Yep, all correct. But my point is that XX doesn't matter for 95% of riders and shouldn't be used to represent everything SRAM does. For all the normal riders the 26t and 28t grannies are only an option not a requirement. For the X.0, X.9 and X.7 lines they are offering triple cranks with 22t grannies
    XX was the flagship for the 2x10 system. It doesn't seem like anyone else is really ready yet to commit to the two chainring crankset. (2 ringers with a bash guard don't count).
    So with the other 10 sp/triple options you are gaining only a partial advantage (and the new triples with 36 cogs are going to add overall weight to your bike).

    Clarkenstein: Obsolescence has always been a marketing strategy, but true technological improvements will out sell the hype.
    Last edited by MarkHL; 11-15-2010 at 12:23 PM.

  12. #12
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    Quote Originally Posted by MarkHL
    XX was the flagship for the 2x10 system. It doesn't seem like anyone else is really ready yet to commit to the two chainring crankset. (2 ringers with a bash guard don't count).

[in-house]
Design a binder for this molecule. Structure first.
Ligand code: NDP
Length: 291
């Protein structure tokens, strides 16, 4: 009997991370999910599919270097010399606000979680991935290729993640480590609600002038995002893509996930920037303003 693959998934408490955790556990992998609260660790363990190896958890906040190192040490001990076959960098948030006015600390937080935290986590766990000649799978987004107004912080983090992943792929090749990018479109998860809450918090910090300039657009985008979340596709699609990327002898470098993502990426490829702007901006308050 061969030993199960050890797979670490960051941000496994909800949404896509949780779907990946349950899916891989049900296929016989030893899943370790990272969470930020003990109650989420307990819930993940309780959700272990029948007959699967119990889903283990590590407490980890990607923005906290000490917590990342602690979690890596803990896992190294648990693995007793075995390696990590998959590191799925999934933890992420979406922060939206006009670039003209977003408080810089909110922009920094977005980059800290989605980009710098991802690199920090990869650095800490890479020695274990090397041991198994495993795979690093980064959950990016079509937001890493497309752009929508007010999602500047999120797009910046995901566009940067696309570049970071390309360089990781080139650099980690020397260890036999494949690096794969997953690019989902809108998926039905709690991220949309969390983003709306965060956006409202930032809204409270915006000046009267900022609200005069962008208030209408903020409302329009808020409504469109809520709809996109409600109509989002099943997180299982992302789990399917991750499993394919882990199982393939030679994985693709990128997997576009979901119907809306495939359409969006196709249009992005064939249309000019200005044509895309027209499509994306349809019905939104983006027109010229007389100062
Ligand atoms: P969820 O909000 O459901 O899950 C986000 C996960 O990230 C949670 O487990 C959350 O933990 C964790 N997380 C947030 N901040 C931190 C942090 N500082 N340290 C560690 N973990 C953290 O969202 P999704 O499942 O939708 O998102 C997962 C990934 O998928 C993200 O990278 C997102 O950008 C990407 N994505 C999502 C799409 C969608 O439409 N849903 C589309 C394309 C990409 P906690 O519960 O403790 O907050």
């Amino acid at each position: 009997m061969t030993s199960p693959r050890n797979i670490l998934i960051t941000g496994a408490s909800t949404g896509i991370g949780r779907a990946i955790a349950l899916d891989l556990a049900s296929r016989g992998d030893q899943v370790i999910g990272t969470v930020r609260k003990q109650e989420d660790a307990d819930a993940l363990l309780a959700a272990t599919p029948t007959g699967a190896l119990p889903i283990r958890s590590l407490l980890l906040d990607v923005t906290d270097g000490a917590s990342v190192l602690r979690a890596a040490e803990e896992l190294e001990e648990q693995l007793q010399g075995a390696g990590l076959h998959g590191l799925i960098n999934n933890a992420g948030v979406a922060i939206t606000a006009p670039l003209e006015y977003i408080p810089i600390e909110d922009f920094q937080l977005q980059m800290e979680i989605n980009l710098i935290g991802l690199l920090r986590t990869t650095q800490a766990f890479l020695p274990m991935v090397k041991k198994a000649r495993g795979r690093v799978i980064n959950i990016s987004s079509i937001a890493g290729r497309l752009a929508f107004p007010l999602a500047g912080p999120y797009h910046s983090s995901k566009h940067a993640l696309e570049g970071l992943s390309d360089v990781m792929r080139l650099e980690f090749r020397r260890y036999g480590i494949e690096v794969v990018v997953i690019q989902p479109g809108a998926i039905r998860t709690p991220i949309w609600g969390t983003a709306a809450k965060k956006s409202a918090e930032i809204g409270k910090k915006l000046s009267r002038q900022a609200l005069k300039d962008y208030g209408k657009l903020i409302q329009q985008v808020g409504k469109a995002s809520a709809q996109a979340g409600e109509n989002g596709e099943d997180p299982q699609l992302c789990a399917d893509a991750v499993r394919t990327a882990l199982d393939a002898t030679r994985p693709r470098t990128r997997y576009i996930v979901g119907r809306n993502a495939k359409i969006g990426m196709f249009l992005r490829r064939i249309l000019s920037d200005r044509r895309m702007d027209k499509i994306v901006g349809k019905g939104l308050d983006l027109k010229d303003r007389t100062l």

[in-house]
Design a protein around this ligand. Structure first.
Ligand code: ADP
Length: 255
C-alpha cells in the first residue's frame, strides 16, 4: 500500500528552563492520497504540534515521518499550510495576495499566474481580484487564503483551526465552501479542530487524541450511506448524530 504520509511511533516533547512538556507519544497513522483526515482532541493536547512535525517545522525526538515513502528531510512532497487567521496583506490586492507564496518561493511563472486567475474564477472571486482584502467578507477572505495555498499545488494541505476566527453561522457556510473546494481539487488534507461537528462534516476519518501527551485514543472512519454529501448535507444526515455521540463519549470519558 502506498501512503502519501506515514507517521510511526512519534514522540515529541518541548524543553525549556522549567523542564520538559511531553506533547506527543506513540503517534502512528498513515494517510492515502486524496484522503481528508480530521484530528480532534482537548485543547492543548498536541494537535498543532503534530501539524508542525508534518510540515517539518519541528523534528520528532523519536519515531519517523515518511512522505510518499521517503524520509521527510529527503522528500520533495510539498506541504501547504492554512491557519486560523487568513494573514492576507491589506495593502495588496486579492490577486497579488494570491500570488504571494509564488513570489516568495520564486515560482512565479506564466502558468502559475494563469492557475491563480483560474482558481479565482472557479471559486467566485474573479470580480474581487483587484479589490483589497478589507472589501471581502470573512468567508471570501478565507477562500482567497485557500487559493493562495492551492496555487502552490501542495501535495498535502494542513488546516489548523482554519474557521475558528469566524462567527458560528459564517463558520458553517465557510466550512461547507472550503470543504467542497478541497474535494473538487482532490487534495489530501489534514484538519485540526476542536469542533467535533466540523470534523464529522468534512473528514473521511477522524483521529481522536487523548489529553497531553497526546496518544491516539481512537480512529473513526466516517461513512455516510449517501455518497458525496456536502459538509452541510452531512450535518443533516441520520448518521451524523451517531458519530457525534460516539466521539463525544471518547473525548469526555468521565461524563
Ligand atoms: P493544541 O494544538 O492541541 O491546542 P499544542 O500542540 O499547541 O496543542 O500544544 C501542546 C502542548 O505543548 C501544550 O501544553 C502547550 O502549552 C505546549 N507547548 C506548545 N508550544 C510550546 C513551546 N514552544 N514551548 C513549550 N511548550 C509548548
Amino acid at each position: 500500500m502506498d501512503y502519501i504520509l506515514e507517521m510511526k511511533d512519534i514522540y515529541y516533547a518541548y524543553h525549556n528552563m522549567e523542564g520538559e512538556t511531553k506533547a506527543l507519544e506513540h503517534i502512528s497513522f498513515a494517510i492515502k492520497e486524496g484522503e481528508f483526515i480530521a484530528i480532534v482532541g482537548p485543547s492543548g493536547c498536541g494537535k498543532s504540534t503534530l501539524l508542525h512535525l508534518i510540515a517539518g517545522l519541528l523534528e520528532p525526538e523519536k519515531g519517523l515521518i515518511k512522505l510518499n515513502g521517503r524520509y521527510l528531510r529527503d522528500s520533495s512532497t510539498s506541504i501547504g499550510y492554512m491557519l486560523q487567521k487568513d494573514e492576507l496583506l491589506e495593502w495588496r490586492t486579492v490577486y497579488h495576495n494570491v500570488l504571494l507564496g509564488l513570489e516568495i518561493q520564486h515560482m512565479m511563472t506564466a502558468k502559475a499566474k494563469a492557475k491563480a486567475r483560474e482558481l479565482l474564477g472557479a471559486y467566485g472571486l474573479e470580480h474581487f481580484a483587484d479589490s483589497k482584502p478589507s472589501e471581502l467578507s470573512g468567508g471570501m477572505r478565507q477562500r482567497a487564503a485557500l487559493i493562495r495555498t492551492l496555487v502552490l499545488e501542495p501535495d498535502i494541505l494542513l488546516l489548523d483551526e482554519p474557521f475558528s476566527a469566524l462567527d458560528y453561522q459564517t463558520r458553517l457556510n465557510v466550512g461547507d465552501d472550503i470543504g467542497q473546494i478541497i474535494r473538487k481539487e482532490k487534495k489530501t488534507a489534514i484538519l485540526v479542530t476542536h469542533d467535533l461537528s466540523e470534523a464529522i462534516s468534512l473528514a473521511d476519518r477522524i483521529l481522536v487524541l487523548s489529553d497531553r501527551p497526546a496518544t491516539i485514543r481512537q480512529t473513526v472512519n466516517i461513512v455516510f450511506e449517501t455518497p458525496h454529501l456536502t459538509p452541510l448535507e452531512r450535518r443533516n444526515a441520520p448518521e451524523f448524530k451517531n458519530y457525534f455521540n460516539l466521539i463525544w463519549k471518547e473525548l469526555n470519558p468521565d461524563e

So with the other 10 sp. options you are gaining only a partial advantage (and the new triples with 36 cogs are going to add overall weight to your bike).
    Understood,it just wasn't clear to me what points of comparison you were trying to draw and which ones you weren't.

  13. #13
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    Quote Originally Posted by boomn
    I personally disagree, only because I like cassettes with a minimum range of 11-32t and that kind of setup with 7 speeds leads to some huge jumps between gears. For some types of riding that is fine and even preferable, for other its no fun at all
    You are thinking old school gearing. They could make 7 speed with a big range, just bigger gaps, which I would prefer. It's annoying having to make multiple clicks quite a bit of the time. I know I'm not the only one doing that since they have multi click's on the triggers now.
    "It looks flexy"

  14. #14